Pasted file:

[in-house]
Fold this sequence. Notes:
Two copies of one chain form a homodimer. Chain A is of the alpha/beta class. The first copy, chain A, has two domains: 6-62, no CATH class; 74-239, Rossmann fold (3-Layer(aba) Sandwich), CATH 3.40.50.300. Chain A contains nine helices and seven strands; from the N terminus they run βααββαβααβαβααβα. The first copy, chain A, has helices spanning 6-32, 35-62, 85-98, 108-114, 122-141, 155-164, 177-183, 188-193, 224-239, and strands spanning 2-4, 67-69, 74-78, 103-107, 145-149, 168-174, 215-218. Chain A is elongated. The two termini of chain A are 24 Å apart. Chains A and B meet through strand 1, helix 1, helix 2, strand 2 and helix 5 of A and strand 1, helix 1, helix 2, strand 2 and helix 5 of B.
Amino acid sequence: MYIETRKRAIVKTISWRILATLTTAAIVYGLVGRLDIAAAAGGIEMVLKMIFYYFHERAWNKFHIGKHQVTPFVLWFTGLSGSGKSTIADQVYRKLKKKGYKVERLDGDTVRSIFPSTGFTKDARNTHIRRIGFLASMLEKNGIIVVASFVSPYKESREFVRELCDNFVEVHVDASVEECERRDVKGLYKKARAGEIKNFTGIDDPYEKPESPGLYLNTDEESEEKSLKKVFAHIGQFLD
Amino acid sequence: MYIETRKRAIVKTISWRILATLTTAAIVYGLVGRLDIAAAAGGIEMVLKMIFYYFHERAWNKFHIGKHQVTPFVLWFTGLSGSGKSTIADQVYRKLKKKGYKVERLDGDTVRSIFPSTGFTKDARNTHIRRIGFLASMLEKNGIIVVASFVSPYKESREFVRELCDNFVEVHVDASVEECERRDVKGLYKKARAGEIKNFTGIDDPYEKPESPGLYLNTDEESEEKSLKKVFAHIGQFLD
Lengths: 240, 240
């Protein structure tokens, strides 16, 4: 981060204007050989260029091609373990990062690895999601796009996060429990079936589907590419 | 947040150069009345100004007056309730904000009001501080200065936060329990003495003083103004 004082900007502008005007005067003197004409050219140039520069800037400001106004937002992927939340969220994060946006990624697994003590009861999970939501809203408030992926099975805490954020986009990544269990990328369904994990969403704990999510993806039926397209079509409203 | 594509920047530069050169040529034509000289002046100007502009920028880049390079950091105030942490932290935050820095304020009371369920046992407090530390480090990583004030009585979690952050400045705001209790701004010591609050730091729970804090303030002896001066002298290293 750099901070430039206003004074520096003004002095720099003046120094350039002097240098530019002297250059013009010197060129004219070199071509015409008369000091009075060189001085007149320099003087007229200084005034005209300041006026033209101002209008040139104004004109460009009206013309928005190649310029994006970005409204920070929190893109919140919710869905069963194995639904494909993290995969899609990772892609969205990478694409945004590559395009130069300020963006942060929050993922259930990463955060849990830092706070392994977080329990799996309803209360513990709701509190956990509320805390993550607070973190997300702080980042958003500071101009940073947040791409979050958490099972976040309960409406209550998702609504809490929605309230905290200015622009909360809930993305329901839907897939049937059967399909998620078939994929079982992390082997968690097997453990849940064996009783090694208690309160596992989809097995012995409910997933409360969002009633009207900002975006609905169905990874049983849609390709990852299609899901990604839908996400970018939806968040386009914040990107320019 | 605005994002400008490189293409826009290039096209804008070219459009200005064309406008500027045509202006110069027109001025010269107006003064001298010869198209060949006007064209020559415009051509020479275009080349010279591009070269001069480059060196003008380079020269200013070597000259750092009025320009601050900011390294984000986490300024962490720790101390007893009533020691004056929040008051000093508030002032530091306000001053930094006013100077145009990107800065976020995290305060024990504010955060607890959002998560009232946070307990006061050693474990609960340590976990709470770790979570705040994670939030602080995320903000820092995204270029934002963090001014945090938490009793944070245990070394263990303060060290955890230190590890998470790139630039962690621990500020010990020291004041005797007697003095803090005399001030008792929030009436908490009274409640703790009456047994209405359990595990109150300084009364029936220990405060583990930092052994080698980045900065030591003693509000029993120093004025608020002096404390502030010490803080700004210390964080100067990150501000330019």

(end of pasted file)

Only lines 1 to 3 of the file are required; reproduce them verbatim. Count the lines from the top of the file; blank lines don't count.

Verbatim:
[in-house]
Fold this sequence. Notes:
Two copies of one chain form a homodimer. Chain A is of the alpha/beta class. The first copy, chain A, has two domains: 6-62, no CATH class; 74-239, Rossmann fold (3-Layer(aba) Sandwich), CATH 3.40.50.300. Chain A contains nine helices and seven strands; from the N terminus they run βααββαβααβαβααβα. The first copy, chain A, has helices spanning 6-32, 35-62, 85-98, 108-114, 122-141, 155-164, 177-183, 188-193, 224-239, and strands spanning 2-4, 67-69, 74-78, 103-107, 145-149, 168-174, 215-218. Chain A is elongated. The two termini of chain A are 24 Å apart. Chains A and B meet through strand 1, helix 1, helix 2, strand 2 and helix 5 of A and strand 1, helix 1, helix 2, strand 2 and helix 5 of B.